Copyright 1999 Reed Business Information, Inc.


In the original sense of the term, A History of Private Life is a series of essays: attempts at a new, non-narrative kind of history. Sumptuously illustrated with pictures, maps, and photographs, the book is a feast for the eye; it is fascinating, often compelling in its exquisite details… A kaleidoscopic effect is doubtless part of the authors’ purpose: to question our assumption that we understand the history of Renaissance individualism and make us realize that it is as complicated as the variety of traces left by three centuries of private life. (Maureen Quilligan New York Times Book Review)

This is a bold and seductive book… Richly illustrated, with contributions from foremost French historians, it is set fair to become the authoritative history of intimacy in the early modern West. (Lyndal Roper Times Higher Education Supplement)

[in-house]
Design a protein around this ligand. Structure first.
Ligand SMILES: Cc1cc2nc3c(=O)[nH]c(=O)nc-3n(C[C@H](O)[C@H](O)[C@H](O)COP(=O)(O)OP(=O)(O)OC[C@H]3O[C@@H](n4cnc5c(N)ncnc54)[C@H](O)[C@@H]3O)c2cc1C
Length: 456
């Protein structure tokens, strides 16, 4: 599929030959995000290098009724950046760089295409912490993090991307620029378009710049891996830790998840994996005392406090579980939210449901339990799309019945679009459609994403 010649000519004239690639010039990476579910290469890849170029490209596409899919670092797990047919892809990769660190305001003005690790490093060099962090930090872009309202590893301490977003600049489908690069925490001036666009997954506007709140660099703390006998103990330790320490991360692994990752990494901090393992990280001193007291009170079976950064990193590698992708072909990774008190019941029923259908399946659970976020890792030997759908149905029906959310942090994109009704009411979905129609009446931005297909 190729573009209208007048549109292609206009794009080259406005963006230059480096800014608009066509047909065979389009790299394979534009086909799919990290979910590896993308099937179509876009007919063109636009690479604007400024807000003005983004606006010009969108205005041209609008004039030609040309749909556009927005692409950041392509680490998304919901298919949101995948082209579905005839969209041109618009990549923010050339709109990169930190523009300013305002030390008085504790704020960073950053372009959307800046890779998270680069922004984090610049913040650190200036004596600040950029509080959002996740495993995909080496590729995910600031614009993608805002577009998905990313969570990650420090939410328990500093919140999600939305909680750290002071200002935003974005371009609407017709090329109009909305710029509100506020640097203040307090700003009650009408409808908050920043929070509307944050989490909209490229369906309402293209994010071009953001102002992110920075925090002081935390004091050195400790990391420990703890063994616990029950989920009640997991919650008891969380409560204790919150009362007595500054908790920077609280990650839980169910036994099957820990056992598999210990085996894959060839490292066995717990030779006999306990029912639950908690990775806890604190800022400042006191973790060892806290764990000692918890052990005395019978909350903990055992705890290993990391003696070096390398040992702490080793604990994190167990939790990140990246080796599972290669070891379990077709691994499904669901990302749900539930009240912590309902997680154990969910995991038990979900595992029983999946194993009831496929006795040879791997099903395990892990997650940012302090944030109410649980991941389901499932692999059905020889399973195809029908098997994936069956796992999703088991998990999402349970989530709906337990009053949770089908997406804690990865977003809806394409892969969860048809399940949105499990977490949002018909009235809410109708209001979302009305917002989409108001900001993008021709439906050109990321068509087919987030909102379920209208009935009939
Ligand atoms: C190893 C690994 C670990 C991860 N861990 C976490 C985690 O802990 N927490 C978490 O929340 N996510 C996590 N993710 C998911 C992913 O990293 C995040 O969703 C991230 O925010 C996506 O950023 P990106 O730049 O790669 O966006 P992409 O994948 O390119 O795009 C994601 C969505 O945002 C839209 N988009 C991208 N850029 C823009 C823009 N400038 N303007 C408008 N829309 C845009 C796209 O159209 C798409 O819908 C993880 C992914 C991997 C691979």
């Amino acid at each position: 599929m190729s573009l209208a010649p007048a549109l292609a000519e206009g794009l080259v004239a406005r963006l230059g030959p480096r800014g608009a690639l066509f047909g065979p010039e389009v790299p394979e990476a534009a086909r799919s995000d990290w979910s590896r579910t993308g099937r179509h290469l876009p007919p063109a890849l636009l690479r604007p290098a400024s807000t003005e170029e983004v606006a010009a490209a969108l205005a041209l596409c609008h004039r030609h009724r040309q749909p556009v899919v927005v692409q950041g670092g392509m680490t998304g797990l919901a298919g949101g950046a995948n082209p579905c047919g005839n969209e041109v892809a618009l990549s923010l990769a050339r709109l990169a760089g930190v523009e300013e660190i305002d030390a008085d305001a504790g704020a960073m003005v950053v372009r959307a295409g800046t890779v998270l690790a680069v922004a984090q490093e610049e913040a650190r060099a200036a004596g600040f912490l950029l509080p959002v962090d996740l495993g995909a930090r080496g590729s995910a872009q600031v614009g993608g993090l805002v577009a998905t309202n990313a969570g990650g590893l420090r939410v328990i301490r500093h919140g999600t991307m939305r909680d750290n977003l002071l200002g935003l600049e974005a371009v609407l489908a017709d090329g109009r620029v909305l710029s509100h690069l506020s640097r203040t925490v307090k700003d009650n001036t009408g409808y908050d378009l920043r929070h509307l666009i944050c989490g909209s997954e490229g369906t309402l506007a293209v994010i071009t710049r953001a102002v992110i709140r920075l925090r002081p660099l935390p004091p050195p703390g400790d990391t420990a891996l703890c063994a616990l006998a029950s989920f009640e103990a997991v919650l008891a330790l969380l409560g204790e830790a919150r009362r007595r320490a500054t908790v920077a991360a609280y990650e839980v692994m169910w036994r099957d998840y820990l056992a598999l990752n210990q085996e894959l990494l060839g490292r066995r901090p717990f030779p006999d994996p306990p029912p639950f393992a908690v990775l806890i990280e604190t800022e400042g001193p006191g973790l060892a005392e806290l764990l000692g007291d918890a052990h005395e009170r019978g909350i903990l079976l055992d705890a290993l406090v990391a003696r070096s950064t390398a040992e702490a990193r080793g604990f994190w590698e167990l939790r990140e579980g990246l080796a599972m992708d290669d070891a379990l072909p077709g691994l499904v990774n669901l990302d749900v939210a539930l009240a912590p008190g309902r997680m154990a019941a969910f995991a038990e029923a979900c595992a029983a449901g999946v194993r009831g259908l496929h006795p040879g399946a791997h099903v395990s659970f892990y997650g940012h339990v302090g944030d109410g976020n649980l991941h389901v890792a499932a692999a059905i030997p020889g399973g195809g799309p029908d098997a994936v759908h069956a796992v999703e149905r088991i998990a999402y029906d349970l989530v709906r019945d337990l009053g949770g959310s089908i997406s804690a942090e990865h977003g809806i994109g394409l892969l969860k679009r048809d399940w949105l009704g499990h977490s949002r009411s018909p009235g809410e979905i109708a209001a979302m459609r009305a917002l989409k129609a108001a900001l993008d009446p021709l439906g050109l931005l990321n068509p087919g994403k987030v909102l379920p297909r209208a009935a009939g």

Its broad chronological scope, its remarkable effective integration of essays by different historians, and above all its ability to represent the seemingly frivolous details of private life in a challengingly theoretical matrix make this an important and exciting work for historians of Early Modern Europe. (Lawrence Wolff Journal of Social History)

Product Details

  • Series: History of Private Life (Book 3)
  • Paperback: 655 pages
  • Publisher: Belknap Press (November 14, 1993)
  • Language: English
  • ISBN-10: 067440002X
  • ISBN-13: 978-0674400023
  • Product Dimensions: 1.2 x 6.9 x 8.9 inches
  • Shipping Weight: 2.8 pounds (View shipping rates and policies)